Destroyed house

Hurricane Michael destroyed the neighbor’s home next to this Monolithic Dome. (Margaret Clayton)

Hurricane Michael smashes power transformer into Monolithic Dome home

Hurricane Michael smashed a power transformer into Margaret Clayton’s caterpillar shaped Monolithic Dome home. The home is a few miles southeast of Mexico Beach in Port Saint Joe, Florida. Clayton stayed in her home during the hurricane. Everything was going well — until her neighbor’s house exploded.

“I watched their house explode,” said Clayton. “The transformer on the other side of that house came flying into my dome wall. Then from attached wires, swung back, then returned, smashing the side garage door. It was quite the show!”

The transformer swung like a medieval flail weapon into the window augment. It did cause a small hole in the dome wall — at the inverse curve — where it is arguably weaker than the standard dome wall.

Clayton calls her home, Golden Eye. It’s situated on a narrow lot — hence the caterpillar design — about 12-feet above sea level. With storm surge maxing out at 9-feet, Clayton felt she didn’t need to evacuate.

“I stayed during the hurricane,” said Clayton. “If the transformer had not hit me and the neighbor’s house hadn’t exploded, I would have been fine.”

Clayton covered the hole with some plastic sheeting. It will get repaired. Even with the damage, the home is safe. She was protected during the shockingly powerful storm.

How much momentum?

It is almost unheard of for a dome wall to be penetrated. An early Monolithic Dome home had a dump truck roll backward down a hill and strike the dome with the corner of the truck bed. A typical house would’ve been flattened and Marjorie South — mother of David, Barry, and Randy South — may not have survived. As it was, the truck left only a small hole which was quickly repaired.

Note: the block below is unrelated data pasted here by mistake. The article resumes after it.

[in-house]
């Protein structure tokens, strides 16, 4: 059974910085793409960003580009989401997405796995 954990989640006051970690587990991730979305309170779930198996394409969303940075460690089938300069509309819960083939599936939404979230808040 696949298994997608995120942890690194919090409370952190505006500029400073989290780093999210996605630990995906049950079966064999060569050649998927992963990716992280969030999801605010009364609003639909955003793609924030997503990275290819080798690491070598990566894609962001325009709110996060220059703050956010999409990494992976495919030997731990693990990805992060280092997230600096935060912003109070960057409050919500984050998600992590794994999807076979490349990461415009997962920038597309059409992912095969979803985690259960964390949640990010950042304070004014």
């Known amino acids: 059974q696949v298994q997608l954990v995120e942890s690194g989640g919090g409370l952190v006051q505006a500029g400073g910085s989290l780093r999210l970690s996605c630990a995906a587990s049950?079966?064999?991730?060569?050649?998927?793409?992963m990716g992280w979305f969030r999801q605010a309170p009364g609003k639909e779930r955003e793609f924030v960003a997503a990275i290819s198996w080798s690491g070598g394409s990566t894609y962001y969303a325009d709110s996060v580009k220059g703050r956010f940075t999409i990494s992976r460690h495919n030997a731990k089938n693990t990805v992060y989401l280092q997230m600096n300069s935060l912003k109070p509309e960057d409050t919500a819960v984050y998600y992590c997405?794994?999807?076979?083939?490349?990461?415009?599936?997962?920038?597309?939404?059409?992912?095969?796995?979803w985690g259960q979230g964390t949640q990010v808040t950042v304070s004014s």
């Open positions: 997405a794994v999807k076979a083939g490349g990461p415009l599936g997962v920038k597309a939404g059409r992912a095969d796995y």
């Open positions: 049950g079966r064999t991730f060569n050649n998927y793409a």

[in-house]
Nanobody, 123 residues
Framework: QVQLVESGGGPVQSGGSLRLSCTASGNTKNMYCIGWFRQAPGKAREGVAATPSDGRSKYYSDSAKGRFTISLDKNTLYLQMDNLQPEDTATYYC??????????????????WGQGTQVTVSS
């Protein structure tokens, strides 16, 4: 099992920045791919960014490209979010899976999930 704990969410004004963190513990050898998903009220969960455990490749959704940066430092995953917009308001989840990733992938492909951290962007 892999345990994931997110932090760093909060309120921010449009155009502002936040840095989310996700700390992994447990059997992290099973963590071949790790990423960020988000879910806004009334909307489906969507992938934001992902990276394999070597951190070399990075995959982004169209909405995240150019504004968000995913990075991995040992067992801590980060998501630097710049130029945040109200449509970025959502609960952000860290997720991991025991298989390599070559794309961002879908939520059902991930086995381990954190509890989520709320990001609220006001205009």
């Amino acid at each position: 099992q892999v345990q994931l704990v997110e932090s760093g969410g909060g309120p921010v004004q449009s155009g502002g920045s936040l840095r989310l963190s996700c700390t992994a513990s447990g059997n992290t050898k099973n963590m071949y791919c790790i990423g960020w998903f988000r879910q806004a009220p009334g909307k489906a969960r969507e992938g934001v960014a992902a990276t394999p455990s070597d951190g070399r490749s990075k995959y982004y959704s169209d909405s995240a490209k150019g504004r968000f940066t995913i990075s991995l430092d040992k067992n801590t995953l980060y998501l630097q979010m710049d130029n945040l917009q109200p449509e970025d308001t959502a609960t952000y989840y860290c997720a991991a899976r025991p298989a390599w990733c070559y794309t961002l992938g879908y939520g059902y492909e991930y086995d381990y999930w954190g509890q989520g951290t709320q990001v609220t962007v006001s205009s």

In this case, the transformer became an airborne “missile.” Even without the attached wires, whipping the transformer, the moment it carried had to be huge.

In Safe Rooms for Tornadoes and Hurricanes, FEMA specifies testing for P-361 tornado shelters to use 15-pound wood 2×4s at 100 miles per hour. The resulting impact momentum is about 69 pound-seconds.

A typical residential transformer weighs hundreds of pounds — the smallest transformers are 200 pounds to the largest at nearly a ton. If we use 500 pounds as the transformer weight and halve the velocity to only 50 mph, the calculated impact momentum is 1,146 pound-seconds. That’s 16 TIMES the impact momentum of a 2×4 piece of wood.

Of course, this is an estimate based on Clayton’s observations. We will never know how much force the dome withstood. It was still an extraordinary impact on a dome not designed to FEMA P-361 standards.

Augment damaged by flying transformer

A power transformer — still connected to the power cables — whipped around and smashed into the Monolithic Dome augment. The augment is the inverse curve of the dome and took an unbelievable hit. The impact did penetrate the dome — creating a small hole — and split the exterior coating and foam. (Margaret Clayton)

Transformer and damaged garage door

The transformer whipped around, again, and struck the garage door. It clearly did not have the same force of the first hit. (Margaret Clayton)

Hurricane Michael debris

Debris from the neighboring houses are everywhere. (Margaret Clayton)

Plastic covered door

The garage door and augment are covered with plastic until they can be repaired. The dome is structurally sound. (Margaret Clayton)